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Australian Prime Minister ridiculed for ‘dodgy used car salesman’ clip with Prince Charles

Morrison looked like a 'dodgy used car salesman' at COP26

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Scott Morrison spoke with Prince Charles at the COP26 summit where he excitedly explained Australia’s commitment to climate change and net-zero. But commentators cringed at Mr Morrison’s behaviour, with broadcaster Justin Smith comparing him to a “dodgy used car salesman”. The panel erupted at the comment and then went back and forth with each other as they argued over Mr Morrison’s international reputation.

Scott Morrison spoke with Prince Charles at the COP26 summit earlier this month which was captured on video.

Mr Morrison was seen eagerly telling the Prince of Wales he was committed to net-zero and was working with neighbouring countries to tackle climate change.

The Australian leader was seen flailing his arms towards a fairly meek Prince Charles.

Host Chris Kenny remarked it was “humiliating” to watch and hated how Mr Morrison was behaving with the next king of the UK.

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Mr Smith commented on the video and said: “Well, it is humiliating and Scott Morrison has humiliated us on the world stage many times.

“And there, with the future king, he looks exactly like what it is… a dodgy used car salesman who changes his opinions depending on the room that he is in.”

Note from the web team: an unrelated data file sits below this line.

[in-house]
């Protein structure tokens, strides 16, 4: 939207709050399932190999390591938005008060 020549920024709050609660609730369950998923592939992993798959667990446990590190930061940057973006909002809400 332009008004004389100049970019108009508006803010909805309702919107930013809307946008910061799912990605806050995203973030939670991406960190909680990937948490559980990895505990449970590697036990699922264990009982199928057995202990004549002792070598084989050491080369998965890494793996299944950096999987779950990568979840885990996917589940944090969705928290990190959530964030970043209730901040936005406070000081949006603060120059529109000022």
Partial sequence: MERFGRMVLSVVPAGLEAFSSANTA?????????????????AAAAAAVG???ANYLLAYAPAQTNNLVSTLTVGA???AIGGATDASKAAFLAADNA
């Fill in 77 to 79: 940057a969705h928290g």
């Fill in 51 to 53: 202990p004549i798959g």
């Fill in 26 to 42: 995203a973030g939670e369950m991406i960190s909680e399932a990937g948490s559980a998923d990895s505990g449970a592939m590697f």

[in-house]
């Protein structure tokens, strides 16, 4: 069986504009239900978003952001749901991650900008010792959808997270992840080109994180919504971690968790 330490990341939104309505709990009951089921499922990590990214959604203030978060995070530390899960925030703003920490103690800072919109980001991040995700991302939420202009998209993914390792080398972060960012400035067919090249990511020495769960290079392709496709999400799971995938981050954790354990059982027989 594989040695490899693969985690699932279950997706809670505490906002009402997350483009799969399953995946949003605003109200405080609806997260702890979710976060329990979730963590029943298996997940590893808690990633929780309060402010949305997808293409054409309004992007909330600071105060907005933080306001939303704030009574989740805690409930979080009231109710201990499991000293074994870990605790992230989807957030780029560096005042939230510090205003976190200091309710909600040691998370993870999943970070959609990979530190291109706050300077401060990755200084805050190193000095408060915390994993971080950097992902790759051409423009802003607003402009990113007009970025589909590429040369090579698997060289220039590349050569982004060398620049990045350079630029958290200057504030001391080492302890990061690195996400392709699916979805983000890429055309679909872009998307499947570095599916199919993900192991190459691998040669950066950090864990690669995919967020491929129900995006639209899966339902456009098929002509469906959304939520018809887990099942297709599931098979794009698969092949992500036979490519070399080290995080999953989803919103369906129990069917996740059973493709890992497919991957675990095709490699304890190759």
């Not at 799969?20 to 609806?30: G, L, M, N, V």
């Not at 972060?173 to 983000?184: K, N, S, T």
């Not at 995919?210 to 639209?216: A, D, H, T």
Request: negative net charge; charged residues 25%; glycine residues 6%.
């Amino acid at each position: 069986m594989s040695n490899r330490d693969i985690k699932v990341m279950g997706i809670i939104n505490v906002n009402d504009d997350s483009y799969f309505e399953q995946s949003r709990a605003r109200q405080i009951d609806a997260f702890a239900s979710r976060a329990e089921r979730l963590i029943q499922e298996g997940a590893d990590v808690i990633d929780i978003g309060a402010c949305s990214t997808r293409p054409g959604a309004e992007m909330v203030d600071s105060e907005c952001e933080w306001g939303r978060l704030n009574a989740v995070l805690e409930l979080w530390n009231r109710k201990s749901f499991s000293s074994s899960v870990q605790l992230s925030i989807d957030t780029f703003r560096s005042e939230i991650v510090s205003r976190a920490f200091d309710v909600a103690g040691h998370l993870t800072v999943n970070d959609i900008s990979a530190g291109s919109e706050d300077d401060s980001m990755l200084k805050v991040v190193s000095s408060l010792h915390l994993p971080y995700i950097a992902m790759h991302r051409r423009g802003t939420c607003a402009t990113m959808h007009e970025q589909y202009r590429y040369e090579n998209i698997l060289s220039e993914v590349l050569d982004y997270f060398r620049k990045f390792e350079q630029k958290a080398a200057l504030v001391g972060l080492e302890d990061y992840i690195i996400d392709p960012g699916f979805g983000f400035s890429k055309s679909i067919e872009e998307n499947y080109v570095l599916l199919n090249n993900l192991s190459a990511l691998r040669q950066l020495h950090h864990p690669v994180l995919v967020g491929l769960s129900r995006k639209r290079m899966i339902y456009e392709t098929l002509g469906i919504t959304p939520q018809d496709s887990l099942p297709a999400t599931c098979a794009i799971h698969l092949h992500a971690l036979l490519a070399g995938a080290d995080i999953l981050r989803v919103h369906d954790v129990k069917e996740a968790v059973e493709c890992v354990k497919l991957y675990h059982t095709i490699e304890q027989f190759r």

Mr Smith then made reference to the AUKUS deal and Australia’s falling out with France as another example of Mr Morrison’s embarrassment.

The broadcaster remarked he enjoyed watching monarchists “flip out” at Prince Charles for making speeches about climate change.

Prince Charles urged to 'stay in your lane' by commentator

Prince Charles appeared at the COP26 summit and delivered speeches to world leaders urging them to tackle climate change.

In his speech, he said: “The COVID-19 pandemic has shown us just how devastating a global, cross-border threat can be.

“Climate change and biodiversity loss are no different – in fact, they pose an even greater existential threat, to the extent that we have to put ourselves on what might be called a war-like footing.

“Having myself had the opportunity of consulting many of you over these past eighteen months, I know you all carry a heavy burden on your shoulders and you do not need me to tell you that the eyes and hopes of the world are upon you to act with all despatch, and decisively because time has run out.”

Prince Charles later called for a “military-style campaign” to use the global private sector and its resources to curb temperatures rising.

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The chairman of the Australian Monarchist League Philip Benwell also appeared on Sky News Australia in a separate interview and warned Prince Charles needed to tone down his political rhetoric otherwise he will lose the support of Australians.

He told the broadcaster: “It is concerning that the Prince of Wales has involved himself in a matter of controversy, but he is not yet monarch, and he is free to express his will, and he is passionate about doing something about the climate.

“But I agree, his comments go beyond the pale, and we advise him of our concerns in this regard.

“But it’s important to remember that he is a part of the system, and it is the system that is the most important factor because it is our system that protects our democracy.

“Charles is not yet monarch – The Queen’s example has been tremendous and usual as far as monarchs go – before they have become monarchs, many heirs of the throne have been involved in matters of controversy at the time.”

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